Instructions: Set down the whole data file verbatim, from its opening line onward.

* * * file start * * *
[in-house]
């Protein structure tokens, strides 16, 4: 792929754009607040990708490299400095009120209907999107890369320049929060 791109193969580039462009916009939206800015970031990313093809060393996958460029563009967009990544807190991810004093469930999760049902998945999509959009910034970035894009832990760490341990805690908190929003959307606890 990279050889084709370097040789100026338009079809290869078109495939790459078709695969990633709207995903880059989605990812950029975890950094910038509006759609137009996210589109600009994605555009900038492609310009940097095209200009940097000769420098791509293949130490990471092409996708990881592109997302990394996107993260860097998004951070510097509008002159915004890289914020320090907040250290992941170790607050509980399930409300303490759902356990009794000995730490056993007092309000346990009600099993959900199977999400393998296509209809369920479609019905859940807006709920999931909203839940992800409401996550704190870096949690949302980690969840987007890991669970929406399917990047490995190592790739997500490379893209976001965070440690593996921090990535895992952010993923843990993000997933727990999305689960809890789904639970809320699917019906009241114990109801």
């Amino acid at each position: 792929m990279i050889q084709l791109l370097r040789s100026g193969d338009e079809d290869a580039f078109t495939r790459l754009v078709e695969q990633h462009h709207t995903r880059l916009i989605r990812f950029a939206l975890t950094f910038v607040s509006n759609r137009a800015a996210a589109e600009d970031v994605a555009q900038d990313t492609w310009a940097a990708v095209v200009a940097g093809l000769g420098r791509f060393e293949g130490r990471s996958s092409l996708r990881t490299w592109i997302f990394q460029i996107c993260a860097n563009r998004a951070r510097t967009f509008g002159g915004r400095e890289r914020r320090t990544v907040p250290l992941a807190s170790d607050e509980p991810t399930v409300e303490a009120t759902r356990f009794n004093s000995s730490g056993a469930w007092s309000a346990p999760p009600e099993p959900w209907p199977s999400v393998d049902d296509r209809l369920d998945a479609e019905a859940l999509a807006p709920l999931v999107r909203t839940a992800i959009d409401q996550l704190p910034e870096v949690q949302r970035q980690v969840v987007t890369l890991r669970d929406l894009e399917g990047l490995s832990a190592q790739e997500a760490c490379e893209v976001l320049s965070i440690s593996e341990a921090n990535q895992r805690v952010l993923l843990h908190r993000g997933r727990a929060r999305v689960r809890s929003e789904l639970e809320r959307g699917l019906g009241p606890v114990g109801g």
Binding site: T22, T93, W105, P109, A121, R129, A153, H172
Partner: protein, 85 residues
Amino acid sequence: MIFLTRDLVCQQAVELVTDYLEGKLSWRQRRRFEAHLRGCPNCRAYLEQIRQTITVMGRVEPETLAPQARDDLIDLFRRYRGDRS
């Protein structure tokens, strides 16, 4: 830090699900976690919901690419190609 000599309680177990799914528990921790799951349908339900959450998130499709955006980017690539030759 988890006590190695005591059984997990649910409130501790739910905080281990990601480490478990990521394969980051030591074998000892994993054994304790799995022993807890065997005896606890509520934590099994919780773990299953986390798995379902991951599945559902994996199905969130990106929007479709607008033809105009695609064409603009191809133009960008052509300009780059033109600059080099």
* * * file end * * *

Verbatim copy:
[in-house]
């Protein structure tokens, strides 16, 4: 792929754009607040990708490299400095009120209907999107890369320049929060 791109193969580039462009916009939206800015970031990313093809060393996958460029563009967009990544807190991810004093469930999760049902998945999509959009910034970035894009832990760490341990805690908190929003959307606890 990279050889084709370097040789100026338009079809290869078109495939790459078709695969990633709207995903880059989605990812950029975890950094910038509006759609137009996210589109600009994605555009900038492609310009940097095209200009940097000769420098791509293949130490990471092409996708990881592109997302990394996107993260860097998004951070510097509008002159915004890289914020320090907040250290992941170790607050509980399930409300303490759902356990009794000995730490056993007092309000346990009600099993959900199977999400393998296509209809369920479609019905859940807006709920999931909203839940992800409401996550704190870096949690949302980690969840987007890991669970929406399917990047490995190592790739997500490379893209976001965070440690593996921090990535895992952010993923843990993000997933727990999305689960809890789904639970809320699917019906009241114990109801």
């Amino acid at each position: 792929m990279i050889q084709l791109l370097r040789s100026g193969d338009e079809d290869a580039f078109t495939r790459l754009v078709e695969q990633h462009h709207t995903r880059l916009i989605r990812f950029a939206l975890t950094f910038v607040s509006n759609r137009a800015a996210a589109e600009d970031v994605a555009q900038d990313t492609w310009a940097a990708v095209v200009a940097g093809l000769g420098r791509f060393e293949g130490r990471s996958s092409l996708r990881t490299w592109i997302f990394q460029i996107c993260a860097n563009r998004a951070r510097t967009f509008g002159g915004r400095e890289r914020r320090t990544v907040p250290l992941a807190s170790d607050e509980p991810t399930v409300e303490a009120t759902r356990f009794n004093s000995s730490g056993a469930w007092s309000a346990p999760p009600e099993p959900w209907p199977s999400v393998d049902d296509r209809l369920d998945a479609e019905a859940l999509a807006p709920l999931v999107r909203t839940a992800i959009d409401q996550l704190p910034e870096v949690q949302r970035q980690v969840v987007t890369l890991r669970d929406l894009e399917g990047l490995s832990a190592q790739e997500a760490c490379e893209v976001l320049s965070i440690s593996e341990a921090n990535q895992r805690v952010l993923l843990h908190r993000g997933r727990a929060r999305v689960r809890s929003e789904l639970e809320r959307g699917l019906g009241p606890v114990g109801g």
Binding site: T22, T93, W105, P109, A121, R129, A153, H172
Partner: protein, 85 residues
Amino acid sequence: MIFLTRDLVCQQAVELVTDYLEGKLSWRQRRRFEAHLRGCPNCRAYLEQIRQTITVMGRVEPETLAPQARDDLIDLFRRYRGDRS
């Protein structure tokens, strides 16, 4: 830090699900976690919901690419190609 000599309680177990799914528990921790799951349908339900959450998130499709955006980017690539030759 988890006590190695005591059984997990649910409130501790739910905080281990990601480490478990990521394969980051030591074998000892994993054994304790799995022993807890065997005896606890509520934590099994919780773990299953986390798995379902991951599945559902994996199905969130990106929007479709607008033809105009695609064409603009191809133009960008052509300009780059033109600059080099």